United States District Court, D. Idaho
WESTERN WATERSHEDS PROJECT, WILDEARTH GUARDIANS, CENTER FOR BIOLOGICAL DIVERSITY, and PRAIRIE HILLS AUDUBON SOCIETY, Plaintiffs,
JANICE SCHNEIDER, Assistant Secretary of Interior; BUREAU OF LAND MANAGEMENT; and U.S. FOREST SERVICE, Defendants.
MEMORANDUM DECISION AND ORDER
Lynn Winmill, U.S. District Court Judge
Court has before it the Government's motion to dismiss,
or in the alternative to transfer, for improper venue. The
motion is fully briefed and at issue. For the reasons
explained below, the Court will deny the motion.
original complaint in this case was brought by four different
environmental groups challenging fifteen Environmental Impact
Statements (EISs) issued in 2015 that govern land covering
ten western states. The gist of plaintiffs' lawsuit was
that the BLM and Forest Service artificially minimized the
harms to sage grouse by segmenting their analysis into 15
sub-regions without conducting any range-wide evaluation -
the agencies looked at the trees without looking at the
forest, so to speak. The plaintiffs brought their claims
under the National Environmental Policy Act (NEPA), the
Federal Land Policy and Management Act (FLPMA), and the
National Forest Management Act (NFMA).
in the case, the BLM filed a motion to sever and transfer
arguing that, for example, the challenge to the Utah Plan
should be transferred to Utah and the challenge to the Nevada
Plan should be transferred to Nevada. The Court denied the
motion, reasoning that “plaintiffs made overarching
claims that applied to each EIS and RMP and required a
range-wide evaluation that extended beyond the boundaries of
any particular court.” See Memorandum Decision
(Dkt. No. 86).
litigation was underway, the Trump Administration came into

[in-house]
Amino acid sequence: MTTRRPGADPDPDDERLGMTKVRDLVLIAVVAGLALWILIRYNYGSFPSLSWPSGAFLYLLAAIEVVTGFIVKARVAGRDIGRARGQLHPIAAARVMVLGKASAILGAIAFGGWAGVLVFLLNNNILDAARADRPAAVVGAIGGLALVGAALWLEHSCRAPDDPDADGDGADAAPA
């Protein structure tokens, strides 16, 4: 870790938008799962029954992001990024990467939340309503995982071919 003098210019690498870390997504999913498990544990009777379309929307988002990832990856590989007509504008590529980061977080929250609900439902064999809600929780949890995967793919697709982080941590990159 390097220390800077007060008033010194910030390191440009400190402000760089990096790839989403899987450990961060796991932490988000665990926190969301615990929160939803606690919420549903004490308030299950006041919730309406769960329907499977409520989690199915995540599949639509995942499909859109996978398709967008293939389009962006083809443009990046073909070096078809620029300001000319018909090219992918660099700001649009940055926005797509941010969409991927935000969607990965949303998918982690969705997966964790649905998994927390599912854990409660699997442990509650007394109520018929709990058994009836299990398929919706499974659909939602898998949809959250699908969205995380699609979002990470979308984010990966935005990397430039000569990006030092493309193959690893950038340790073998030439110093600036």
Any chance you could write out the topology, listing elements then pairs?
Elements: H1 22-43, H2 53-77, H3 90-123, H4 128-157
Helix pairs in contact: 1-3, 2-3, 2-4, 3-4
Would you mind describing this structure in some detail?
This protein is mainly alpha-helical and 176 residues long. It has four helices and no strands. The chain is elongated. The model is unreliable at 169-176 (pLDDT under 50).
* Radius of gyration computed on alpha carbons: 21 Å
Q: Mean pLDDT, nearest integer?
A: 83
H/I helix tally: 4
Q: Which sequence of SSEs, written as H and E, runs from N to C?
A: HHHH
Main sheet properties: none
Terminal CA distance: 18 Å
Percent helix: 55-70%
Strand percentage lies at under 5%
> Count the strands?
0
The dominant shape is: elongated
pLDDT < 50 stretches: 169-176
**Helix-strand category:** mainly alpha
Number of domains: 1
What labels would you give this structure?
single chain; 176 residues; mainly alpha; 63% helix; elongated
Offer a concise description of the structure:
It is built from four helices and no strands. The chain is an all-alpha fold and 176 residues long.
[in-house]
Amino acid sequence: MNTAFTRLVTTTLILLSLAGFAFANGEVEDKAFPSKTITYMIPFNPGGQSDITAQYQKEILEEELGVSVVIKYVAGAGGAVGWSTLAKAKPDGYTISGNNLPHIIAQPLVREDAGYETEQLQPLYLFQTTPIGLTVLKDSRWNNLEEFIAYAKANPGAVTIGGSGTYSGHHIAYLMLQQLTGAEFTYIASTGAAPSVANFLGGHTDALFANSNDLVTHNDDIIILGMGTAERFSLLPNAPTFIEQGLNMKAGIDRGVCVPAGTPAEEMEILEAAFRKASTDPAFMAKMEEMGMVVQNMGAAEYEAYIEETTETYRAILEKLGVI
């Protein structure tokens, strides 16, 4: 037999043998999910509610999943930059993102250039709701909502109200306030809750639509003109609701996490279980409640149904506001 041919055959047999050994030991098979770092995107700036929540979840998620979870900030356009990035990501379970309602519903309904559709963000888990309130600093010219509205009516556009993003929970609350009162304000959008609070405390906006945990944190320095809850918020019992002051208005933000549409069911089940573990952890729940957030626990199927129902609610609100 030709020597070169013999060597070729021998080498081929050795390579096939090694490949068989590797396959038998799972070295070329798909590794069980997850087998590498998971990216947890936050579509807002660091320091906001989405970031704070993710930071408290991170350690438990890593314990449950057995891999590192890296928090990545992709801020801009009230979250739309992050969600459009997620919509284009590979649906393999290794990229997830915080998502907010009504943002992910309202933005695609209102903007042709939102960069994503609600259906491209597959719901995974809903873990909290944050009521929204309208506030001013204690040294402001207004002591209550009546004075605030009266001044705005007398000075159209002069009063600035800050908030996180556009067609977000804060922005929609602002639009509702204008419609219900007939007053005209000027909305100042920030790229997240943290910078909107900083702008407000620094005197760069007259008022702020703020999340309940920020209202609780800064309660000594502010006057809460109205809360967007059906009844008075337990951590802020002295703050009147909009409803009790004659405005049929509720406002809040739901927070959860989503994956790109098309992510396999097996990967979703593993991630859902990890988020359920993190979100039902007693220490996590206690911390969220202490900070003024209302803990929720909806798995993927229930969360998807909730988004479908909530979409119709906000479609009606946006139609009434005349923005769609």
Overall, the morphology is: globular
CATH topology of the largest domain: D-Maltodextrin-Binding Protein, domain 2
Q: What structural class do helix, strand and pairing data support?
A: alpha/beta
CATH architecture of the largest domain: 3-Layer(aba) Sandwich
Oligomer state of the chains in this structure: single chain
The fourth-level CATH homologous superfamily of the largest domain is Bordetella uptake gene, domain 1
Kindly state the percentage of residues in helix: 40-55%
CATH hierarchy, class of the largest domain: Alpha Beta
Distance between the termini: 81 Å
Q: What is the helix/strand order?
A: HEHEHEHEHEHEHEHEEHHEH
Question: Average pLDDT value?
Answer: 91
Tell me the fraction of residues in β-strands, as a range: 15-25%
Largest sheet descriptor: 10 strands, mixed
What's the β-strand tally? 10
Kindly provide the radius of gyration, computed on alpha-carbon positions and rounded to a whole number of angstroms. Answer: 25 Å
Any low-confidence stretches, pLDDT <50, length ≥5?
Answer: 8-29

office and began a process to review and revise the 2015
Sage-Grouse Plans. This litigation was put on hold pending
that review. In 2017 that review was completed, and as a
result, WWP alleges, Interior Secretary Ryan Zinke directed
agencies to relax restrictions on oil and gas development in
sage grouse habitat. The BLM responded by issuing amendments
to the Sage Grouse Plans (referred to as the 2019
Amendments). Plaintiffs supplemented their complaint to
challenge the BLM's 2019 Amendments, alleging that the
agency - acting at the direction of the Trump Administration
- again made common errors across numerous Plans, including
(1) failing to take a range-wide analysis, (2) failing to
evaluate climate change impacts, and (3) generally removing
protections for the sage grouse.
Utah and Wyoming intervenors responded by filing a motion to
transfer, arguing that the circumstances have changed since
the Court denied the BLM's motion discussed
above. The intervenors argued that the interests
of justice and the interests of local concerns justified
transferring, for example, the Utah Plan challenges to Utah
and the Wyoming Plan challenges to Wyoming. The intervenors
argued that the challenges in this case are Plan-specific and
will be unique to each State.
Court disagreed and denied their motions. See Memorandum
Decision (Dkt. No. 181). The Court reasoned that their
motions ignored the allegations of plaintiffs' complaint.
Plaintiffs allege that the challenged Plans suffer from
common failings that did not result entirely from errors of